Friday, July 17, 2009

South Africa river rafting edited by Colorado River Rafting

Featured article on Colorado Whitewater Rafting blog
Interview with Celliers Kruger by mania

[W.A.] The Orange seems to be a very long river (2245km). What sections would you recommend if you had two weeks and wanted the best combination of whitewater and scenery?

[Celliers] If you want to do one long trip of two weeks, your best bet will be Onseepkans to Goodhouse. This section goes through the desert, which makes for some awesome scenery. There will be a couple of long flat sections, but there are some very nice rapids (class 3 to 4 mostly) that make it more than worthwhile. The Onseepkans gorge specifically is quite unique. The river splits into two channels a few kilometers downstream of the Onseepkans bridge. The right channel stays fairly flat with one or two nice rapids, while the left channel drop into a gorge with class 4 and 5 rapids. After about two kilometers, just below the biggest rapids of the gorge, the right channel joins the left channel with an unrunnable waterfall. There are still fairly big rapids below the waterfall, really cool.

One thing to keep in mind is that it's always hot here, so it will be difficult to keep food in good shape for two full weeks. An option might be to arrange a re-supply at Pelladrif, roughly halfway.

The Onseepkans gorge has a special place in my heart, my wife and I did our honeymoon on this section. Just the two of us on a two man raft, taking a week to do a trip that normally takes four days. We are actually going back to this area later this month after Christmas to do a trip on the section just above Onseepkans gorge. The river is flatter on this section, but the scenery is still beautiful. We're taking our 15 month baby girl along on our oar raft, so we can't tackle a too difficult section this time.

[W.A.] What time of year would be ideal for optimal flows and temperatures?

[Celliers] The Orange is dam controlled, and all the dams are pretty full at the moment, so a good level can be expected any time of the year if you plan to come in the near future. Temperature wise, autumn and spring will be best. Although I've done an Onseepkans trip in the middle of the winter (July) as well, and it wasn't too cold. The days were actually quite warm, just the nights were a bit chilly.

[W.A.] What kind of experience would you recommend for someone attempting these sections?

[Celliers] If you want to run Onseepkans gorge and don't plan to run the main gorge (most people don't) you will run everything with class 3-4 skills. The river is completely of a pool drop nature with long flat sections, so less experienced paddlers can easily portage the bigger rapids. There are some interesting rapids in the Pella section as well, but nothing more difficult than you'll find below Onseepkans. Remember that this section is not just an adrenaline rush, it's a whole experience.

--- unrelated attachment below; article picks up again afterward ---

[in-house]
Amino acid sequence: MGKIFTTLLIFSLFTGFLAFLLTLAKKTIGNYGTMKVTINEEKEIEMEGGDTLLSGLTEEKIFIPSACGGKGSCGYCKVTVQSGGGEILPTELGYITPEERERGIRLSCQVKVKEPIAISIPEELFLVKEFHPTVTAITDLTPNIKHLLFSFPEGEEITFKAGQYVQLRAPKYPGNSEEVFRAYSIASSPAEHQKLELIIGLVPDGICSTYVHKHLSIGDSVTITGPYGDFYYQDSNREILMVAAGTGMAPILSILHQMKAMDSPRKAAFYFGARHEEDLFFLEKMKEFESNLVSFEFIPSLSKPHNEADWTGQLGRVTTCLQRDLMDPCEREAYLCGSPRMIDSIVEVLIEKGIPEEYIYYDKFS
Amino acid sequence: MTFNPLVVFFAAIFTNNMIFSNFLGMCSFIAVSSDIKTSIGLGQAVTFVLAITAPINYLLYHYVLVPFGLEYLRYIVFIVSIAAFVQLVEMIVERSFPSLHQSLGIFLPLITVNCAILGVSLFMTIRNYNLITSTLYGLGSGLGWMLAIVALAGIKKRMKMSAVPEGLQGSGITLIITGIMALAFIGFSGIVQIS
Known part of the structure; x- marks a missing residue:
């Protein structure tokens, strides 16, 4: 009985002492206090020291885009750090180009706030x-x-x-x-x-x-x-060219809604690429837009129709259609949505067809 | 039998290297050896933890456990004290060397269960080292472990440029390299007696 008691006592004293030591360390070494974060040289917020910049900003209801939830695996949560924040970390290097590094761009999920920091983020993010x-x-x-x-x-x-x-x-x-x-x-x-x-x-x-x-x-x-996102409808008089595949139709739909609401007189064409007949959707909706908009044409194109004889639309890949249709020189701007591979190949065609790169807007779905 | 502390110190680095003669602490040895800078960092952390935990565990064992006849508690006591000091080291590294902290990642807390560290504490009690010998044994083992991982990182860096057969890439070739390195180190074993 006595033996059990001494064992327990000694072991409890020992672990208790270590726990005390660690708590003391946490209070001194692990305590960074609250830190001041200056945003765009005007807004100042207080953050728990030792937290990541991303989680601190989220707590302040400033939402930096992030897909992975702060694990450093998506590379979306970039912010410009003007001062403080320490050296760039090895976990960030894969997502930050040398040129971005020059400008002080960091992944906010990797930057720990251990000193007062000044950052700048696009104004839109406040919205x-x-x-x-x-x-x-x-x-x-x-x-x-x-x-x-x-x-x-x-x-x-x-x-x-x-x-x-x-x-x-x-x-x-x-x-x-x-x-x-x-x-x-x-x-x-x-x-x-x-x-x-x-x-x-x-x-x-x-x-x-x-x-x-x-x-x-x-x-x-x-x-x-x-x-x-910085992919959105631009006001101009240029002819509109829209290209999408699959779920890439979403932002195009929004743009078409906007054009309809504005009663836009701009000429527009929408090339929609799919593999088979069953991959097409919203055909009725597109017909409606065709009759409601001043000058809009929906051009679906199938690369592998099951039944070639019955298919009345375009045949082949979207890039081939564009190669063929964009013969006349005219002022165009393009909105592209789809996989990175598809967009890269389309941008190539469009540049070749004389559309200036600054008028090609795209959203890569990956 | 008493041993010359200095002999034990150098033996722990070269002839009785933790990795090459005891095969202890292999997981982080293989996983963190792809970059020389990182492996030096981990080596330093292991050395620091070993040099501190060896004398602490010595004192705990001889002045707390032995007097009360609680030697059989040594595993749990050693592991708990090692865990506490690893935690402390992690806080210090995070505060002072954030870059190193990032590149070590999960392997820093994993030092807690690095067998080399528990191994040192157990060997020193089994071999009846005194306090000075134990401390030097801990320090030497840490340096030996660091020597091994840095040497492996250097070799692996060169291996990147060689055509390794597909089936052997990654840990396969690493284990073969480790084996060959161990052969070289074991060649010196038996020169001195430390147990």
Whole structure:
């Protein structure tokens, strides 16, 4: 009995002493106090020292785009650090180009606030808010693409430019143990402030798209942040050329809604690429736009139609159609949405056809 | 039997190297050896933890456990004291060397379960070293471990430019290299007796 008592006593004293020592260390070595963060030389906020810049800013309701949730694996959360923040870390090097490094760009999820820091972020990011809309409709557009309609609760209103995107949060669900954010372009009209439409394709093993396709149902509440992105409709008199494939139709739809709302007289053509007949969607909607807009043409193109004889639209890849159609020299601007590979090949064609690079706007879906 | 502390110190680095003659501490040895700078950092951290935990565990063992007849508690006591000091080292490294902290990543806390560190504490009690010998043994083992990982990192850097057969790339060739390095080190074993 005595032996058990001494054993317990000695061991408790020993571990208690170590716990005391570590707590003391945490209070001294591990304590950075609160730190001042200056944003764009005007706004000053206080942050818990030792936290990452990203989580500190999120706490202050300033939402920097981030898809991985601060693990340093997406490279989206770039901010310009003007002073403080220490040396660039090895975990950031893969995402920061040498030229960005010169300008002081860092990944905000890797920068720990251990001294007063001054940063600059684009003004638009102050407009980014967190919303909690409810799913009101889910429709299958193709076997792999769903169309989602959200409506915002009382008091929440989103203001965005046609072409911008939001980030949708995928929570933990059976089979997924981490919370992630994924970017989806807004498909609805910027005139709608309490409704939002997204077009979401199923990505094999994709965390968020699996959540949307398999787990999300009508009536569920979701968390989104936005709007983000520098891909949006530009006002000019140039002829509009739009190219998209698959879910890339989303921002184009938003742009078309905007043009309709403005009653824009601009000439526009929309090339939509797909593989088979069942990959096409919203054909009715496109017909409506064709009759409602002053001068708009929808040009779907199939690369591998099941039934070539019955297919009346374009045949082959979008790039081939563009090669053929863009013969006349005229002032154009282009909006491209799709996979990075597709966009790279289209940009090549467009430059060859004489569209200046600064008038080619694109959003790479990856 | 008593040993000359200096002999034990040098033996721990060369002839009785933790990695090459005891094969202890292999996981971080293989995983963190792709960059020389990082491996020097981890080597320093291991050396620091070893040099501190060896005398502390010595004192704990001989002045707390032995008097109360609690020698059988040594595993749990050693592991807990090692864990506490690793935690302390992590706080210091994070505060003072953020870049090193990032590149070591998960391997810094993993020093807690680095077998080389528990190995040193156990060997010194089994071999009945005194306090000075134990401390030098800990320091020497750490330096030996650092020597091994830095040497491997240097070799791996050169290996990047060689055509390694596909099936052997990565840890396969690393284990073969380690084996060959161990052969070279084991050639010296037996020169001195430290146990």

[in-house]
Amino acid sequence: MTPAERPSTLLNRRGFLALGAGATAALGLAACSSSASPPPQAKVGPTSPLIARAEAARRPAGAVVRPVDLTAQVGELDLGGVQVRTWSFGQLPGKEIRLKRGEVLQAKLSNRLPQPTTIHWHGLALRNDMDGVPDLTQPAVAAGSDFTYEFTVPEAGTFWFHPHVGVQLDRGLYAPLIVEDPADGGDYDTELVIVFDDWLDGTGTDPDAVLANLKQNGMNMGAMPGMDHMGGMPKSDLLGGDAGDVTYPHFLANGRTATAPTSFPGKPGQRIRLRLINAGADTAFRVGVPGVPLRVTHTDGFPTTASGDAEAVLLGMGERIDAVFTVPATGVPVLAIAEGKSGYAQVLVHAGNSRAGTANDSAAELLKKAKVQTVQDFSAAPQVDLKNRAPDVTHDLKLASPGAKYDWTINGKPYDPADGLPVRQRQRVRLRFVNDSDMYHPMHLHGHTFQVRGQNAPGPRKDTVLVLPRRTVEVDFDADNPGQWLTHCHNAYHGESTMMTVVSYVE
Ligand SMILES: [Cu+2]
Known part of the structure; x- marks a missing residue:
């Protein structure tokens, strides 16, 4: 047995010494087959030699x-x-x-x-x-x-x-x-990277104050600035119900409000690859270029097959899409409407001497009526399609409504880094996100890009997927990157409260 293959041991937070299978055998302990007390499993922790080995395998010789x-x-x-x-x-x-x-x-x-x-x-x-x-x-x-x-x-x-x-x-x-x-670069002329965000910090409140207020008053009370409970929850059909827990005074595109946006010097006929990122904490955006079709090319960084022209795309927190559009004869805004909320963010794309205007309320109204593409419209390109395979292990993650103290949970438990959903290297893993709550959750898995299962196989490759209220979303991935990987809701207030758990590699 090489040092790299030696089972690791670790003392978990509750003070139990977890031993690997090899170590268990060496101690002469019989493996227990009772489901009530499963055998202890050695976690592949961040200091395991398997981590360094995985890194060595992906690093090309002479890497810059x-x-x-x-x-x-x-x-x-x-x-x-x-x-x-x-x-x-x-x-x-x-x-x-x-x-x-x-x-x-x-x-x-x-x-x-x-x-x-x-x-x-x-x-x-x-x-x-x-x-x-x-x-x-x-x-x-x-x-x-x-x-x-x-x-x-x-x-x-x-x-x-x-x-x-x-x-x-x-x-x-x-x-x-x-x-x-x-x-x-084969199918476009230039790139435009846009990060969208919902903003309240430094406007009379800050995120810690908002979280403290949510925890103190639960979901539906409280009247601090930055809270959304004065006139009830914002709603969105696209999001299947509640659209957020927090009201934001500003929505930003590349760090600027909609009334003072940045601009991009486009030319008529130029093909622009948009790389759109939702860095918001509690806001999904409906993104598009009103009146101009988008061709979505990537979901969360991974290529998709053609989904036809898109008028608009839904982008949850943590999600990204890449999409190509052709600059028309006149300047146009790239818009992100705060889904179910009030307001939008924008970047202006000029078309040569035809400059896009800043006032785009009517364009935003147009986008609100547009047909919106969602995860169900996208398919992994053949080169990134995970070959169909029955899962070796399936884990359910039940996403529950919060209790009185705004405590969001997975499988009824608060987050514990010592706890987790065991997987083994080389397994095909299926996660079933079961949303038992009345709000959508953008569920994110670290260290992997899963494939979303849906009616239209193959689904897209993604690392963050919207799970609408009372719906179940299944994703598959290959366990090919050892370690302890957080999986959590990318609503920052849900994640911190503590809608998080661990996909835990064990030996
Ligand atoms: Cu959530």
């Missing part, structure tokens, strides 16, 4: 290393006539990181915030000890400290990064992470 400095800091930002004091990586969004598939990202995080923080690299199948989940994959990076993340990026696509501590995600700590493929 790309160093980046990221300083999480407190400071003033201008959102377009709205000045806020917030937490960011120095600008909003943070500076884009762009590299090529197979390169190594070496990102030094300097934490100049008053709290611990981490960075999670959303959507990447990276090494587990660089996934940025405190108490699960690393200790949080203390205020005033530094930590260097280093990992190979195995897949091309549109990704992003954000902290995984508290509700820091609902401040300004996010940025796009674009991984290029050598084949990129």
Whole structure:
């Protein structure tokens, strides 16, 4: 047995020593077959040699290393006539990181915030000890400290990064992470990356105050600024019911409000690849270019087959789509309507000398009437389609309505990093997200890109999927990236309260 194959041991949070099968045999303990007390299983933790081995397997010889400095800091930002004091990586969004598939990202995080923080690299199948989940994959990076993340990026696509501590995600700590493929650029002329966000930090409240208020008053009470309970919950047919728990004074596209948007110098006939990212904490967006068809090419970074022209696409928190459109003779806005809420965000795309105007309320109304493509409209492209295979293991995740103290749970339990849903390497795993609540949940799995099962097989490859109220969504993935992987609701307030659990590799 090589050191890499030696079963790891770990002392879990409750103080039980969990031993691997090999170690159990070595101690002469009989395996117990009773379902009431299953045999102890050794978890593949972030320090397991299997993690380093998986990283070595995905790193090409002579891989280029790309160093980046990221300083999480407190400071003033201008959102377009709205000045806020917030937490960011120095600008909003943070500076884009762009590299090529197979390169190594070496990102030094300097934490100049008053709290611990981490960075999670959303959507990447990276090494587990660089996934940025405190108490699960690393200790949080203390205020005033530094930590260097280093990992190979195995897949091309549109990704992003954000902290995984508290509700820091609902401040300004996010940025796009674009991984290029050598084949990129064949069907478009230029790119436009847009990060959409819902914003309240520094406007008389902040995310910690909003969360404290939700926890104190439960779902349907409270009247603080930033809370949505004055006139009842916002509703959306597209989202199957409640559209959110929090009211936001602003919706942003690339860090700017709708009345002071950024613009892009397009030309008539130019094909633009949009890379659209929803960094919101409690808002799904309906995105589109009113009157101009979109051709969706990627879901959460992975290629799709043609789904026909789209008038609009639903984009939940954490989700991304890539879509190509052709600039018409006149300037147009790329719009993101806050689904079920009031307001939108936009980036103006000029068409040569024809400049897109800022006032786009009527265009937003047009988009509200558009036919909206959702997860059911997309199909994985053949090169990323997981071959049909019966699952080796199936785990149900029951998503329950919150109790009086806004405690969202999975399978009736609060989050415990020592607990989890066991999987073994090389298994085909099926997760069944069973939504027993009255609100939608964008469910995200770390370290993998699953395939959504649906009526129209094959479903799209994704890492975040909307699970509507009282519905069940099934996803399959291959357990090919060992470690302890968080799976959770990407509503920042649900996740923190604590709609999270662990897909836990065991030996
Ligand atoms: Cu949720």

[W.A.] Tell us a little about the camping, wildlife and side hikes? Any hazards to look out for?

[Celliers] The river runs through a desert so there are not too many big animals. But there are many small animals and lots of different bird species. The fish eagles especially are quite a treat to see and hear. There are many side hikes you can do to explore the side ravines, and you have to climb at least one of the small mountains alongside the river to get a bird's eye view of the area. Apart from the main Onseepkans gorge, which you'll miss completely if you stick to the right channels, there are no serious hazards to look out for. There are also very few people in this area, chances are good that you won't see anybody else during the trip. The people that you do find in this area are always friendly in any case.

[W.A.] Where is the closest international airport? Is it possible to rent equipment and transportation?

[Celliers] You'll fly to either Johannesburg or Cape Town, and then catch a flight to Upington. From there you'll have to arrange shuttles. Remember that public transport is really bad in our country unfortunately, so you'll either have to rent vehicles or arrange your transport beforehand with somebody you know or with commercial operators. It won't be too difficult to get transport arranged though, I'll put you in contact with guys who can do that for you. As for equipment, it is possible to rent, but if it's a big group you might find it difficult to rent everything you need. I would recommend you bring at least all your gear and just rent kayaks here. It will most probably be Fluid kayaks, of course.

Look for part two of this interview soon: Colorado River Rafting Blog

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